Relying on the insights of Scripture to contribute to his theological assessment of climate change in his landmark encyclical Laudato si’, Pope Francis cites the prophet Jeremiah to call attention to the biblical prophets as a source of wisdom and “strength in times of trial.” This presentation expands on this idea by examining Jeremiah’s “uncreation vision” in Jeremiah 4:23-28, which depicts the coming destruction of Jerusalem in cosmic proportions. Jeremiah expresses the terror he sees in store for the city metaphorically as the “uncreation” of earth. Echoing Genesis 1, the miracle of creation is reversed: Jerusalem faces extinction. Directly following Jeremiah’s vision of “uncreation” is another poem that prophesies doom for Jerusalem through the use of another metaphor: “daughter Zion.” The two are far from unrelated, however: 4:29-31 provides a variation on the “uncreation” vision by presenting a vision of “uncivilization” through the desertion of Jerusalem, as well as “uncreation” in the form of a reversal of pro-creation. Read together in the modern context, these poetic visions can provide theological insight to contribute to debate within Christian communities on how human beings should respond to climate change.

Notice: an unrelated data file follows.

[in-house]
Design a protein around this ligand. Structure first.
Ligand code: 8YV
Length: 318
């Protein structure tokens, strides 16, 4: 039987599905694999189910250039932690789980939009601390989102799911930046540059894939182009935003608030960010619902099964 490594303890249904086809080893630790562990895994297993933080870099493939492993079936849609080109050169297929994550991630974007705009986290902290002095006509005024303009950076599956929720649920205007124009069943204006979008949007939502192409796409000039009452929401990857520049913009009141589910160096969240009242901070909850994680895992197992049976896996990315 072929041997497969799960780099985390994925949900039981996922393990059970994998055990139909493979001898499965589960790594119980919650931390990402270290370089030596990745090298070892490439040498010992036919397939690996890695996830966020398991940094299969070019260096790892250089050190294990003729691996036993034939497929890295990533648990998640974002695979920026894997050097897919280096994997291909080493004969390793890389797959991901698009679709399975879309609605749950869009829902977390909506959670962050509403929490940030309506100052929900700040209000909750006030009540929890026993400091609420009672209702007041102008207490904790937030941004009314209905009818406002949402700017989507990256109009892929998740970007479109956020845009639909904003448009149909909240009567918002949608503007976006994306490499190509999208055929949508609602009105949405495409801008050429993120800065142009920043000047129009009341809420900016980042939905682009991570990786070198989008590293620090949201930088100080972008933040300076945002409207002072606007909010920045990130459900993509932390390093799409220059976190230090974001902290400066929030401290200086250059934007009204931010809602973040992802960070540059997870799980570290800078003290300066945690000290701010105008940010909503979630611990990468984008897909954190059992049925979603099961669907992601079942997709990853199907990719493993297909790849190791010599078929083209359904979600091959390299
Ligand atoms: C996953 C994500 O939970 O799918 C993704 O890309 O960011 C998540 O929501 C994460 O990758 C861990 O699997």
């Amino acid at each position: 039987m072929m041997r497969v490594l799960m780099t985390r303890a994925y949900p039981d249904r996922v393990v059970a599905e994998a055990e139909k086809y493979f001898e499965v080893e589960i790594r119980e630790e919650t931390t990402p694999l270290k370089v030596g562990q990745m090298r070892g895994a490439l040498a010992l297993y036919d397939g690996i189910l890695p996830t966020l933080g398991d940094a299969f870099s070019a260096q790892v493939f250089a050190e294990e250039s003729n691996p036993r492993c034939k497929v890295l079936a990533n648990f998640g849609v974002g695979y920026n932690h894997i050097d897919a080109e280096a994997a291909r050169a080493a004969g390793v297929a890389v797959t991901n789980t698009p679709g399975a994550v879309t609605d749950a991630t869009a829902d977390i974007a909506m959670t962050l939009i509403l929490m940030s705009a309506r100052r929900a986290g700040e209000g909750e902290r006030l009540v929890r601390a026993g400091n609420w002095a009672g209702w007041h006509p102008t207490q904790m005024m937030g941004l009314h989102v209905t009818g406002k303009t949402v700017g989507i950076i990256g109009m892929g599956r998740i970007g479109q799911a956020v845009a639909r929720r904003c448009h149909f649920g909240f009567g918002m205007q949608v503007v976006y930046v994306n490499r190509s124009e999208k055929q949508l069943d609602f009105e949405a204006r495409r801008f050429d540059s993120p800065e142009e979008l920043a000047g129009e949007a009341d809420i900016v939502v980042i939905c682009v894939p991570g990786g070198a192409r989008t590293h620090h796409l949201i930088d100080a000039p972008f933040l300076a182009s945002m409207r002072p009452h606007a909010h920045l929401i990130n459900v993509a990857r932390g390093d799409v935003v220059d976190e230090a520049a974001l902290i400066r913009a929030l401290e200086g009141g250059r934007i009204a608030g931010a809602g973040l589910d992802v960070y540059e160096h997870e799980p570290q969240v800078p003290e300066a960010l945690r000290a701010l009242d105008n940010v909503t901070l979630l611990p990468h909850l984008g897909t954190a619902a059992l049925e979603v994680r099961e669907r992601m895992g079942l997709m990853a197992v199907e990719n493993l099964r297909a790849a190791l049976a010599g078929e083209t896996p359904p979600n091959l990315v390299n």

Emma McDonald (Yale Divinity School), “The Value of Biblical Prophecy and Pope Francis’ Encyclical for Climate Advocacy” (Religion and Ecology Colloquium)
Tuesday, February 19, 2019 - 12:00pm to 1:00pm
Kroon Hall, Room 321
195 Prospect StreetNew Haven, CT 06510-1714
Emma is a second year Master of Arts in Religion with a Concentration in Ethics student at Yale Divinity School. She is interested in the impacts of climate change on reproductive health and the contributions that religious traditions can make to address climate change and health. Emma is from Baltimore, MD and graduated from Middlebury College with a B.A. in Religion. She is an Au Sable Graduate Fellow, a Student Associate with the Yale Climate Change and Health Initiative, and she works as a Digital Marketing Manager at the Yale Center for Business and the Environment.